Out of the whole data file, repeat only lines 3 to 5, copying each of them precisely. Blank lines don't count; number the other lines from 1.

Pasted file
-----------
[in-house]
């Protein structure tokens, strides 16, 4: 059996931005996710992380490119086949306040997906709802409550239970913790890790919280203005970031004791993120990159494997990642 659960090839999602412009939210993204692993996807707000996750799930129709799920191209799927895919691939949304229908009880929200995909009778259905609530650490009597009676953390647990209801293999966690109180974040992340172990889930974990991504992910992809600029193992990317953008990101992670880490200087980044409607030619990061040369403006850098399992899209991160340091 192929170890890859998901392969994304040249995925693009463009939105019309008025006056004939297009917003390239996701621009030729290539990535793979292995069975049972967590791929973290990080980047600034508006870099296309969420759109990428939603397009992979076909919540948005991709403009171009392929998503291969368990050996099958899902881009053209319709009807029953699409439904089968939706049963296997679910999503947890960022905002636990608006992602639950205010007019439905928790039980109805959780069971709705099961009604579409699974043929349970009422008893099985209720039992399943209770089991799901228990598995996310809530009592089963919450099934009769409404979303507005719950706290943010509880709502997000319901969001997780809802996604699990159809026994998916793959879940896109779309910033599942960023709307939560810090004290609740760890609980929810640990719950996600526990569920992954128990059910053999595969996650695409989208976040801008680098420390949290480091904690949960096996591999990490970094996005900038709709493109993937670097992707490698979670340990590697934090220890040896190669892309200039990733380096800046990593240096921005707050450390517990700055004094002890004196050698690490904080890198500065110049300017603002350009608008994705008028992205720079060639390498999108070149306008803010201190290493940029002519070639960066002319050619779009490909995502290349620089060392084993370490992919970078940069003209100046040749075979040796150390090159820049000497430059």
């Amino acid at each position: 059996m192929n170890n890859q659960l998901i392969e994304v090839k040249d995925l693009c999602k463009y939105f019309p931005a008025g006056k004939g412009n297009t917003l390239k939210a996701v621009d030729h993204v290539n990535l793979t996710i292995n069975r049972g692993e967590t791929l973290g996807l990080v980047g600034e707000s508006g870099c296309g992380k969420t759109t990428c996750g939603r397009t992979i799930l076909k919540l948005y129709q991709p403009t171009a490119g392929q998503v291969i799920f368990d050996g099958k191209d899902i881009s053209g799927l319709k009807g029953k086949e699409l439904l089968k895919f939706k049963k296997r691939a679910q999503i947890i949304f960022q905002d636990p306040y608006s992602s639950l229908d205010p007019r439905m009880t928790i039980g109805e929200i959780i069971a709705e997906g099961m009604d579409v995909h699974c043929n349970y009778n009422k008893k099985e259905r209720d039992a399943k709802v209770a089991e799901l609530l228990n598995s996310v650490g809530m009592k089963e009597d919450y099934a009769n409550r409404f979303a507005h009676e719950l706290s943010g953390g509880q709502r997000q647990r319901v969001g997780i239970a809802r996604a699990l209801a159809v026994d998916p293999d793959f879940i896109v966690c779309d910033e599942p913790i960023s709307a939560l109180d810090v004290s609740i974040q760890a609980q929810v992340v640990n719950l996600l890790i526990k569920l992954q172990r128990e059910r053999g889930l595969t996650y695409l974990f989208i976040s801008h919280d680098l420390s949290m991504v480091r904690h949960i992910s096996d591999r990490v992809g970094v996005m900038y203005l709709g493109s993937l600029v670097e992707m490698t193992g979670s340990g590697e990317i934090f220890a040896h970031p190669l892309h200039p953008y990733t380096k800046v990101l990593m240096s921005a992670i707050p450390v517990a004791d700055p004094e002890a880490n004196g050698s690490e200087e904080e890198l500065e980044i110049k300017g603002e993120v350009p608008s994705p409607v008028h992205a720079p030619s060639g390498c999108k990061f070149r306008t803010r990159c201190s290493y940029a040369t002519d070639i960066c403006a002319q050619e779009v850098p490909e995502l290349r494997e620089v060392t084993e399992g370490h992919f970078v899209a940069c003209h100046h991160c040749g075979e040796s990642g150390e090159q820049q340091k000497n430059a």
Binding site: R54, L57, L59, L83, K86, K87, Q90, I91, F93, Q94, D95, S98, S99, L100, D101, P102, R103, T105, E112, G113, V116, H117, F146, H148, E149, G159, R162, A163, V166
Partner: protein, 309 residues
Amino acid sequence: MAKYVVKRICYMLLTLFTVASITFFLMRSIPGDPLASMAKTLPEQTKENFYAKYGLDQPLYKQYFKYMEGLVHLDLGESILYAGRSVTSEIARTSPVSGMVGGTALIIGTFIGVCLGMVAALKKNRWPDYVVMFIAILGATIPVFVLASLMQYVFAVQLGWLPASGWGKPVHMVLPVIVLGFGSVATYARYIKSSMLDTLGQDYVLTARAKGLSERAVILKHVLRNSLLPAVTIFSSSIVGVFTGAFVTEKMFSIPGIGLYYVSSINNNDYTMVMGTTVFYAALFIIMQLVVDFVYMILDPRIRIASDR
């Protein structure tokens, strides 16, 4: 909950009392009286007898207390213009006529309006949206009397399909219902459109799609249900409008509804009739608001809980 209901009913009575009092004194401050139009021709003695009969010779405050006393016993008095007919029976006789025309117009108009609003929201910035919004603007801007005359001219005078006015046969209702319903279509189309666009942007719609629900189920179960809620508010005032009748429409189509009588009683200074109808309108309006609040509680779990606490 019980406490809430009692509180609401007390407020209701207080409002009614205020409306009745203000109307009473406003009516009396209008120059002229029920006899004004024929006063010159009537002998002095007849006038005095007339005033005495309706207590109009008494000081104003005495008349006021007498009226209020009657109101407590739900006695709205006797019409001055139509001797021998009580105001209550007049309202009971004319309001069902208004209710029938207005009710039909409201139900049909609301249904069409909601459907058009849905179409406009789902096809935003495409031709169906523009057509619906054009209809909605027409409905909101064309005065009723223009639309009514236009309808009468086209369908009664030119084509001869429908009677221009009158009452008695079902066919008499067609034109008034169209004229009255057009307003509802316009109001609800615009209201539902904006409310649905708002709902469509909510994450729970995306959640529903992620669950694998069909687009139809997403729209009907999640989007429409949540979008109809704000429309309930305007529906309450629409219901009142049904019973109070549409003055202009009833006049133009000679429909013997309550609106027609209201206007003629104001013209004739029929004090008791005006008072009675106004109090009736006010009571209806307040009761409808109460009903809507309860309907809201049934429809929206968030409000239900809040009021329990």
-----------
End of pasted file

């Amino acid at each position: 059996m192929n170890n890859q659960l998901i392969e994304v090839k040249d995925l693009c999602k463009y939105f019309p931005a008025g006056k004939g412009n297009t917003l390239k939210a996701v621009d030729h993204v290539n990535l793979t996710i292995n069975r049972g692993e967590t791929l973290g996807l990080v980047g600034e707000s508006g870099c296309g992380k969420t759109t990428c996750g939603r397009t992979i799930l076909k919540l948005y129709q991709p403009t171009a490119g392929q998503v291969i799920f368990d050996g099958k191209d899902i881009s053209g799927l319709k009807g029953k086949e699409l439904l089968k895919f939706k049963k296997r691939a679910q999503i947890i949304f960022q905002d636990p306040y608006s992602s639950l229908d205010p007019r439905m009880t928790i039980g109805e929200i959780i069971a709705e997906g099961m009604d579409v995909h699974c043929n349970y009778n009422k008893k099985e259905r209720d039992a399943k709802v209770a089991e799901l609530l228990n598995s996310v650490g809530m009592k089963e009597d919450y099934a009769n409550r409404f979303a507005h009676e719950l706290s943010g953390g509880q709502r997000q647990r319901v969001g997780i239970a809802r996604a699990l209801a159809v026994d998916p293999d793959f879940i896109v966690c779309d910033e599942p913790i960023s709307a939560l109180d810090v004290s609740i974040q760890a609980q929810v992340v640990n719950l996600l890790i526990k569920l992954q172990r128990e059910r053999g889930l595969t996650y695409l974990f989208i976040s801008h919280d680098l420390s949290m991504v480091r904690h949960i992910s096996d591999r990490v992809g970094v996005m900038y203005l709709g493109s993937l600029v670097e992707m490698t193992g979670s340990g590697e990317i934090f220890a040896h970031p190669l892309h200039p953008y990733t380096k800046v990101l990593m240096s921005a992670i707050p450390v517990a004791d700055p004094e002890a880490n004196g050698s690490e200087e904080e890198l500065e980044i110049k300017g603002e993120v350009p608008s994705p409607v008028h992205a720079p030619s060639g390498c999108k990061f070149r306008t803010r990159c201190s290493y940029a040369t002519d070639i960066c403006a002319q050619e779009v850098p490909e995502l290349r494997e620089v060392t084993e399992g370490h992919f970078v899209a940069c003209h100046h991160c040749g075979e040796s990642g150390e090159q820049q340091k000497n430059a």
Binding site: R54, L57, L59, L83, K86, K87, Q90, I91, F93, Q94, D95, S98, S99, L100, D101, P102, R103, T105, E112, G113, V116, H117, F146, H148, E149, G159, R162, A163, V166
Partner: protein, 309 residues